Hereupon, an explanation will be made hereinbelow with respect to an operation of the urethane thin film 45d.

When the silicone resin thin film is directly covered, at its one surface, with the protective fibrous layer 45c, sufficient bonding strength can not be obtained therebetween. The urethane thin film 45d is, therefore, formed as thin as possible on the silicone resin thin film 45b so as not to disturb the permeability and as a result, the bonding of the silicone resin thin film 45b with the protective fibrous layer 45c is increased in bonding strength.

There is substantially no difference in function between the permeable film formed on the inner surface of the cover as shown in FIG. 3 and that formed on the outer surface thereof as shown in FIG. 10. However, when some parts or some objects accidentally drop onto the cover in the case where the permeable film is formed on the upper surface of the cover as shown in FIG. 10, the permeable film is directly hit by the falling object and is, therefore, subject to damage. Accordingly, it is preferable to form a permeable film on the inner surface of the cover as shown in FIG. 3. In the construction shown in FIG. 3, there is still such a problem as the deformation of the permeable film or the drop thereof from the cover. Accordingly, it is further preferable to provide an additional support member 46 for supporting the lower surface of the permeable film, as shown in FIG. 11.

It is also desirable to apply the bacteriaproofing and fungusproofing high in safety for fibers with respect to the base cloth and the protective fibrous layer. A quaternary ammonium salt is employed as a bacteriaproofing or fungusproofing agent and is chemically bonded on the surface of the fibers through an organic silicone as a medium. For example, a treatment called "Biosil Treatment" developed by Toyobo Co., Ltd. is employed to this purpose. A further explanation will be made here with respect to the aforementioned treating agent. Although it is conventionally known that the quaternary ammonium salt restrains microbes from growing up, since it is difficult to directly chemically bond this chemical compound with the fibers, the quaternary ammonium salt and the fibers are chemically bonded with each other through the organic silicone as a crosslinker. Accordingly, the quaternary ammonium salt never dissolve in cleaning or washing, thus resulting in that a bacteriaproofing or fungusproofing effect lasts long in safety.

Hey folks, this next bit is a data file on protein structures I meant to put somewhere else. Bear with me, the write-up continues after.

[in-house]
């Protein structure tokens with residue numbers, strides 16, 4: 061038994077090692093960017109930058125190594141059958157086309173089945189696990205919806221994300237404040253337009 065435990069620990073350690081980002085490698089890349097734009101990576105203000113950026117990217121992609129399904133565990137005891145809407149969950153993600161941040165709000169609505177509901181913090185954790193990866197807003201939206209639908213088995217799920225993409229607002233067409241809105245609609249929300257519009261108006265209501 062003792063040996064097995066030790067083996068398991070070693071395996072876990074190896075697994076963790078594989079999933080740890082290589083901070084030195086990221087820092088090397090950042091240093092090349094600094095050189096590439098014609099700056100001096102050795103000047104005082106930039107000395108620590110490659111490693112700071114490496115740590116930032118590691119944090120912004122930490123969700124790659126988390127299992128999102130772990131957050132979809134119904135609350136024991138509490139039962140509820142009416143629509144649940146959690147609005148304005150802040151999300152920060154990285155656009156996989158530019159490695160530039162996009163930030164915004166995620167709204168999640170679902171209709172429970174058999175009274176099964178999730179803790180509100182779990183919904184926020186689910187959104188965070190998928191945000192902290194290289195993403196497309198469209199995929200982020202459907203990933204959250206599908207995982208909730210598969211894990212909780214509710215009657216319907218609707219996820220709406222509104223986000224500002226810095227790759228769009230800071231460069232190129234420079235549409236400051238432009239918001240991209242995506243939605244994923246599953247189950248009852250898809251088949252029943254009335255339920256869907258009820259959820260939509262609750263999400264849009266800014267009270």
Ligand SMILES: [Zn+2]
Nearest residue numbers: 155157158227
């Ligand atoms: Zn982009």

Although the present invention has been fully described by way of examples with reference to the accompanying drawings, it is to be noted here that various changes and modifications will be apparent to those skilled in the art. Therefore, unless otherwise such changes and modifications depart from the scope of the present invention, they should be construed as being included therein.

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Classifications
U.S. Classification206/484.1, 426/419, 426/106, 426/415, 426/127, 99/467
International ClassificationF25D17/04, F25D25/00, B65D81/24
Cooperative ClassificationB65D81/24, F25D17/042, F25D25/005, F25D2317/061
European ClassificationF25D25/00A, B65D81/24
Legal Events
DateCodeEventDescription
Jan 31, 2002FPAYFee payment
Year of fee payment: 12
Feb 9, 1998FPAYFee payment
Year of fee payment: 8
Feb 9, 1994FPAYFee payment
Year of fee payment: 4